This has nothing to do with anything anyone in particular said to me recently.
It’s regarding a collection of observations, questions and statements sent my way since college.
“So do you … hear … I mean, pick up on … people’s grammar – er, grammatical – mistakes when they talk to you?”
That’s what a woman asked me at work the other day. (My response is hidden later in this blog.)
It’s been like this since college. I majored in English. I even graduated and have spent my life since writing professionally. I’ve read and studied numerous works of literature, had rhetoric, semantics and linguistics poured into my brain through a funnel of “necessity” and – this is the best part – been led to believe it all mattered in the grand scheme of things.
You know – like I was part of some elite club.
I’ve always despised this mentality. Everyone makes mistakes in grammar, both verbally and in writing. It doesn’t make them stupid, alter what they’re trying to say or make the hole in the o-zone bigger.
Why worry about it? Why offer your “expertise” unless someone asks for it?
Here’s what happens, inadvertently, when a person “corrects” a grammatical mishaps: communication is lost. Once a communicator defines himself as a “grammar Nazi,” the other communicator begins to worry more about how he’s saying something than what he’s actually saying.
Take the question from my female co-worker. She paused, stuttered and stumbled over every word trying to not sound “stupid.” It’s likely she forgot what she was trying to ask by the time she tiptoed to the end of her sentence.
Little did she know, apparently, I make mistakes in grammar, semantics and spelling all of the time. I’m human. It hardly makes me stupid, barely makes me careless and certainly reflects the Southern dialect by which I am surrounded these days. I wanted to use a double negative just to ease the tension.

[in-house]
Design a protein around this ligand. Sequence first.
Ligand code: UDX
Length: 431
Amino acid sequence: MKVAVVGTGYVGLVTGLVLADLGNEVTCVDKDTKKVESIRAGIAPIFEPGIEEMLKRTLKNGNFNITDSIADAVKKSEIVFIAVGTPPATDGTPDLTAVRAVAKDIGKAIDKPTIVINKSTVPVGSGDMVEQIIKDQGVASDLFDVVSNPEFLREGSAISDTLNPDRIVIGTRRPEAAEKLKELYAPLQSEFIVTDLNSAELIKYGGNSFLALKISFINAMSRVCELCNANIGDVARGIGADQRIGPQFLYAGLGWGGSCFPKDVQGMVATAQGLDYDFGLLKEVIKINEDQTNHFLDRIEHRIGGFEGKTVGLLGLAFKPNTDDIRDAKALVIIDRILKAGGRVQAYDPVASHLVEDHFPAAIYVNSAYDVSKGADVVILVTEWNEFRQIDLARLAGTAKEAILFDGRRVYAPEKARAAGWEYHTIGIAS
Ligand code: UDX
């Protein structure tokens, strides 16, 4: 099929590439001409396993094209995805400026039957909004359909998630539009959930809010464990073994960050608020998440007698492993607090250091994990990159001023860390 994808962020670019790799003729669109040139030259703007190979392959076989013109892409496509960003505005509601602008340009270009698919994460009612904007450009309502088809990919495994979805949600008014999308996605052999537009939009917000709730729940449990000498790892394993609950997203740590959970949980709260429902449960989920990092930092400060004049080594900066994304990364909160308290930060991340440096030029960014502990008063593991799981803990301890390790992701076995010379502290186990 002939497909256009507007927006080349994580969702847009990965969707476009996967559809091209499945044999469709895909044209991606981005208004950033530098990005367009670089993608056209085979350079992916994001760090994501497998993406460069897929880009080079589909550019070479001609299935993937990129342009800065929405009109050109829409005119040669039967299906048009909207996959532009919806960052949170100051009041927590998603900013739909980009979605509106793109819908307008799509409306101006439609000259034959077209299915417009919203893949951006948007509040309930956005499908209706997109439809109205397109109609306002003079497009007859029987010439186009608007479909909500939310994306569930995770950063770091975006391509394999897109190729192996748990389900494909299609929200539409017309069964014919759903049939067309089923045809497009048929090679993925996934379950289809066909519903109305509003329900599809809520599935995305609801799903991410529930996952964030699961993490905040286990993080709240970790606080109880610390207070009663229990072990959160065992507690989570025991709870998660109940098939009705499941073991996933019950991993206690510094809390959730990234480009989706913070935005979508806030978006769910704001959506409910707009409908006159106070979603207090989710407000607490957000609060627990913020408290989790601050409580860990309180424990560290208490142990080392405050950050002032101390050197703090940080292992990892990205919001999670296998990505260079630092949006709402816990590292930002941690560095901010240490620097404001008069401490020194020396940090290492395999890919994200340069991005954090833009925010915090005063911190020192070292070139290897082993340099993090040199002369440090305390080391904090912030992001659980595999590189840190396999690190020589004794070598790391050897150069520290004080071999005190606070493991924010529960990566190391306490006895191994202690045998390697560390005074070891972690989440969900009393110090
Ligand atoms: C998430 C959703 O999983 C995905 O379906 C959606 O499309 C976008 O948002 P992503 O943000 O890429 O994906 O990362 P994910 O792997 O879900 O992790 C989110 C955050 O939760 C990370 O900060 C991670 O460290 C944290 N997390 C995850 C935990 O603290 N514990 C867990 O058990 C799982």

I ultimately couldn’t bring myself to do that, though, and instead told her I noticed mistakes sometimes, but ignored them all the time. Then I reiterated with an added stipulation: I correct every one of my daughter’s mistakes.
Lump grammar know-it-alls with the people who think a level of education matters socially. I swear, if you could fill a tavern with people who didn’t graduate high school, people who have their bachelor’s degree, people who have their master’s degree and people who have their Ph.D., they’d eventually all sit in little groups according to how far they went in school.
Sure, it comes down to having things in common. Someone with a Ph.D. is likely going to be part of a different profession than a guy striving for his General Education Diploma. Consequently, work won’t work for a barroom conversation topic. Chances are, social activities and parenting styles will differ as well.
The most profound reason for this separation I’ve seen, though, is arrogance. The higher the education level, the more a person must have to offer the world, right? It’s as if smart people are worried they’ll get dumber by talking to someone who didn’t go to college.
(It could be – and I’m just tossing this out there – the doctor’s just a little bit concerned the high school dropout will tell him something he doesn’t know.)
Whatever the reason, I think it’s an outright shame and disservice to social maturity people can act in this manner. One of the best teachers this world has to offer is first-hand experience … and refraining from hearing (or listening to) others’ limits the parent, professional and person we might be.
Author’s note: It’s likely there are errors in this blog entry. Don’t be a jerk about it. You can’t possibly improve your social status or general esteem by flagging a mistake in something that wasn’t even proofread.